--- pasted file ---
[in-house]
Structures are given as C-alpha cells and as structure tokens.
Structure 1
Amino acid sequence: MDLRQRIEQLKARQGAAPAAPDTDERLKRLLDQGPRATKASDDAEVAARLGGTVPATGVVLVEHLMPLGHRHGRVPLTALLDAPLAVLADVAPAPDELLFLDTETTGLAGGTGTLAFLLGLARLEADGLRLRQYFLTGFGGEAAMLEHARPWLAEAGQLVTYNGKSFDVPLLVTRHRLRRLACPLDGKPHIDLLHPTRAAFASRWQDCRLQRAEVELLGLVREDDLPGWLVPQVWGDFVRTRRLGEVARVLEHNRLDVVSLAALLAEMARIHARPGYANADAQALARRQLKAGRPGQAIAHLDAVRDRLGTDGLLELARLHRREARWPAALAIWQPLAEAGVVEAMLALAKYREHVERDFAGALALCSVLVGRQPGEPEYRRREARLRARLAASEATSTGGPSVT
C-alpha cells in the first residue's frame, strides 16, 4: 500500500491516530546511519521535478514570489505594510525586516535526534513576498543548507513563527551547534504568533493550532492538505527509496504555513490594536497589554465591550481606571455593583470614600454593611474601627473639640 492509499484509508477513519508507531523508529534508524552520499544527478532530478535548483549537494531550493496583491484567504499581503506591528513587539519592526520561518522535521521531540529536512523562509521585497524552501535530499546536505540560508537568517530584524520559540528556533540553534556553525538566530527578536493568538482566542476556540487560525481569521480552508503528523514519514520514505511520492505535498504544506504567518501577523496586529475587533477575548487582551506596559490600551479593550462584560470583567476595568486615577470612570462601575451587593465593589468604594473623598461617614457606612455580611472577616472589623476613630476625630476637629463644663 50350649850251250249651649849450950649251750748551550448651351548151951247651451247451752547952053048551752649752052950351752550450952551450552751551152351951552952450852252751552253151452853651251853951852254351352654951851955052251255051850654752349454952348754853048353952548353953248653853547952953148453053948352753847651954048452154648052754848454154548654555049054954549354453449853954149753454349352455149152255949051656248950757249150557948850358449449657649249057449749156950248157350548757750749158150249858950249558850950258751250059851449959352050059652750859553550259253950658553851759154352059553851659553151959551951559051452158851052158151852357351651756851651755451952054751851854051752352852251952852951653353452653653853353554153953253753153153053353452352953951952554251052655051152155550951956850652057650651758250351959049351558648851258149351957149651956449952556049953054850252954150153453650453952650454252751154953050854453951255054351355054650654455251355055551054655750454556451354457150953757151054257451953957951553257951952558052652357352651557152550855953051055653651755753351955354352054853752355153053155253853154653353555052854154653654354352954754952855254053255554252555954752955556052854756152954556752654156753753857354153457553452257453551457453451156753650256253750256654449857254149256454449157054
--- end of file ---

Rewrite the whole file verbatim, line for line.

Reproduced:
[in-house]
Structures are given as C-alpha cells and as structure tokens.
Structure 1
Amino acid sequence: MDLRQRIEQLKARQGAAPAAPDTDERLKRLLDQGPRATKASDDAEVAARLGGTVPATGVVLVEHLMPLGHRHGRVPLTALLDAPLAVLADVAPAPDELLFLDTETTGLAGGTGTLAFLLGLARLEADGLRLRQYFLTGFGGEAAMLEHARPWLAEAGQLVTYNGKSFDVPLLVTRHRLRRLACPLDGKPHIDLLHPTRAAFASRWQDCRLQRAEVELLGLVREDDLPGWLVPQVWGDFVRTRRLGEVARVLEHNRLDVVSLAALLAEMARIHARPGYANADAQALARRQLKAGRPGQAIAHLDAVRDRLGTDGLLELARLHRREARWPAALAIWQPLAEAGVVEAMLALAKYREHVERDFAGALALCSVLVGRQPGEPEYRRREARLRARLAASEATSTGGPSVT
C-alpha cells in the first residue's frame, strides 16, 4: 500500500491516530546511519521535478514570489505594510525586516535526534513576498543548507513563527551547534504568533493550532492538505527509496504555513490594536497589554465591550481606571455593583470614600454593611474601627473639640 492509499484509508477513519508507531523508529534508524552520499544527478532530478535548483549537494531550493496583491484567504499581503506591528513587539519592526520561518522535521521531540529536512523562509521585497524552501535530499546536505540560508537568517530584524520559540528556533540553534556553525538566530527578536493568538482566542476556540487560525481569521480552508503528523514519514520514505511520492505535498504544506504567518501577523496586529475587533477575548487582551506596559490600551479593550462584560470583567476595568486615577470612570462601575451587593465593589468604594473623598461617614457606612455580611472577616472589623476613630476625630476637629463644663 50350649850251250249651649849450950649251750748551550448651351548151951247651451247451752547952053048551752649752052950351752550450952551450552751551152351951552952450852252751552253151452853651251853951852254351352654951851955052251255051850654752349454952348754853048353952548353953248653853547952953148453053948352753847651954048452154648052754848454154548654555049054954549354453449853954149753454349352455149152255949051656248950757249150557948850358449449657649249057449749156950248157350548757750749158150249858950249558850950258751250059851449959352050059652750859553550259253950658553851759154352059553851659553151959551951559051452158851052158151852357351651756851651755451952054751851854051752352852251952852951653353452653653853353554153953253753153153053353452352953951952554251052655051152155550951956850652057650651758250351959049351558648851258149351957149651956449952556049953054850252954150153453650453952650454252751154953050854453951255054351355054650654455251355055551054655750454556451354457150953757151054257451953957951553257951952558052652357352651557152550855953051055653651755753351955354352054853752355153053155253853154653353555052854154653654354352954754952855254053255554252555954752955556052854756152954556752654156753753857354153457553452257453551457453451156753650256253750256654449857254149256454449157054